On the bicentennial of the Battle of Waterloo, Napoleon Bonaparte’s most celebrated statement about food and warfare – “An army marches on its stomach” – is worth recalling.
Except there is no record of him saying it. Just as there is no record of Marie Antoinette saying, “Let them eat cake.”
If he did say it, the words would have been as hollow as the stomachs of his soldiers. Though one of the greatest military generals of all time, Napoleon was surprisingly negligent about feeding his army.
His orders for the Grande Armée’s rations were ample enough: “Soup, boiled beef, a roasted joint and some vegetables; no dessert.” But bad roads and poor weather often prevented supply wagons from reaching campsites in time.
During the Italian campaign, in which the 27-year-old Napoleon made his name as a general by defeating a much larger Austrian army and its allies, his men simply foraged off the land or plundered nearby villages — a common military practice then.
Even while fighting the Russians in a poor country like Poland, conditions, though difficult, still allowed for humor. The French soldiers learned the Polish words: “Chleba? Nie ma.” Meaning, “Bread? There’s none.” One day, as Napoleon passed a column of infantry, a hungry solider cried out, “Papa, chleba.” “Nie ma,” he shot back. “The whole column burst into shouts of laughter,” his valet Louis Constant Wairy wrote in his memoirs, “and no further request was made.”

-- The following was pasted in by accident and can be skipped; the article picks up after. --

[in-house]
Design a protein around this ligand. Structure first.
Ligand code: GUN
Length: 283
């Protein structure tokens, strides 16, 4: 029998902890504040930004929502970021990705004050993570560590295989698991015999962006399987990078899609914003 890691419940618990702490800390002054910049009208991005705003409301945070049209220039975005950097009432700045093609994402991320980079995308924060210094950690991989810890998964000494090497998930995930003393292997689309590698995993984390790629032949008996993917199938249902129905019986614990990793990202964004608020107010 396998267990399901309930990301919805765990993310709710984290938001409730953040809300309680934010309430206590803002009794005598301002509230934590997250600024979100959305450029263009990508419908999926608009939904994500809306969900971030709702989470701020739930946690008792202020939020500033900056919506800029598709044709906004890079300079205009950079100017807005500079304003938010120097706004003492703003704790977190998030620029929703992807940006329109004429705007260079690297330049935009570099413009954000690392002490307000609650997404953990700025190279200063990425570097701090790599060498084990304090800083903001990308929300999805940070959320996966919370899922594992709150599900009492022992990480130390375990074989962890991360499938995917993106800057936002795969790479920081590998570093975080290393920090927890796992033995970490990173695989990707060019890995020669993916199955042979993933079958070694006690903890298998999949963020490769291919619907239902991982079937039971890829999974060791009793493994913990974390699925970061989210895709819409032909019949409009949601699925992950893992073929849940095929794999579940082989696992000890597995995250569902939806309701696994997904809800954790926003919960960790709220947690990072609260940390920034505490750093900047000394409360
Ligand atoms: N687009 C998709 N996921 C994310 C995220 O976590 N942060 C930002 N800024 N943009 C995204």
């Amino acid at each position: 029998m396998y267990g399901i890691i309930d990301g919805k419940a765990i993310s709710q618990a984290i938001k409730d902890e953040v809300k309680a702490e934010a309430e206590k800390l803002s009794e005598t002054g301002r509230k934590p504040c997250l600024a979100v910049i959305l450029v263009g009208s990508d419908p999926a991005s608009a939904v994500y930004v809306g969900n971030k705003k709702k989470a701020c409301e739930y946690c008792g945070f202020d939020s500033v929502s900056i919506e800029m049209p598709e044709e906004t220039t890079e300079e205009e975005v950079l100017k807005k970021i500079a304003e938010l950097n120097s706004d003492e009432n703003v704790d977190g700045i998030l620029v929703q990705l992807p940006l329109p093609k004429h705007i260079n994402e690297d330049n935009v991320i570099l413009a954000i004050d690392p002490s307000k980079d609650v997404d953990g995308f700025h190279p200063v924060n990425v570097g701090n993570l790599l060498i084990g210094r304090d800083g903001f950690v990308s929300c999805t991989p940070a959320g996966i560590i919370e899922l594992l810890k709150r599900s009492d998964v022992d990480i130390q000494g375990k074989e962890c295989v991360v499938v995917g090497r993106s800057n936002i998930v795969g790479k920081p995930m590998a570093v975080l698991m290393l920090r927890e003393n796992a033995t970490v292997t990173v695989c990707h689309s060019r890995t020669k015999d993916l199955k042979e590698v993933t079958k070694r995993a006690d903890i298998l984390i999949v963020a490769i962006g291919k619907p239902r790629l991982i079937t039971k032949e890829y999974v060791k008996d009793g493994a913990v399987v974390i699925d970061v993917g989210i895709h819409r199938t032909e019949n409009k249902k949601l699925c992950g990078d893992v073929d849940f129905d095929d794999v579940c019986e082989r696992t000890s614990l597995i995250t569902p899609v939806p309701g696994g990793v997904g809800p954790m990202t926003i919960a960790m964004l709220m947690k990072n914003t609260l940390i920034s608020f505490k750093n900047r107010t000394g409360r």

But the suffering Napoleon’s army underwent on his hottest and coldest campaigns — in Egypt and Russia — was no laughing matter.
The 1798 Egyptian misadventure was launched with such speed and secrecy, writes historian Philip Dwyer in Napoleon, The Path the Power, there was no time even to issue water canteens. As a result, the 55,000-strong army had to endure a three-day march from Alexandria to Cairo through burning sands, in thick European uniforms and carrying heavy armor. Thinking they would be able to forage like they had in Italy, many had thrown away their hard biscuits. Scores died of heat and thirst, while others, driven mad by hunger, thirst, sandstorms and Bedouin attacks, simply put a bullet through their own brains. When the army reached the Nile, there was water and food, but, furious and embittered, the men went on a killing and looting rampage.
Despite this harrowing tutorial in thirst, Napoleon embarked the very next year on an even more foolhardy 10-day march from Cairo to Syria. Again, there wasn’t enough food. Water, carried in goatskins on camel back, was, according to one sergeant, “hot, disagreeable and dirty, like water from a cobbler’s tub.” And soldiers began to commit suicide. A stampede at a solitary well killed 30. The desperate men dug sea sorrel, ate it and developed dysentery.
And all for nothing. In Syria, the plague awaited them, and at the small but stubborn fortress at Acre (now in Israel), a coalition of Ottomans and English gave Napoleon his first taste of defeat, forcing him to retreat.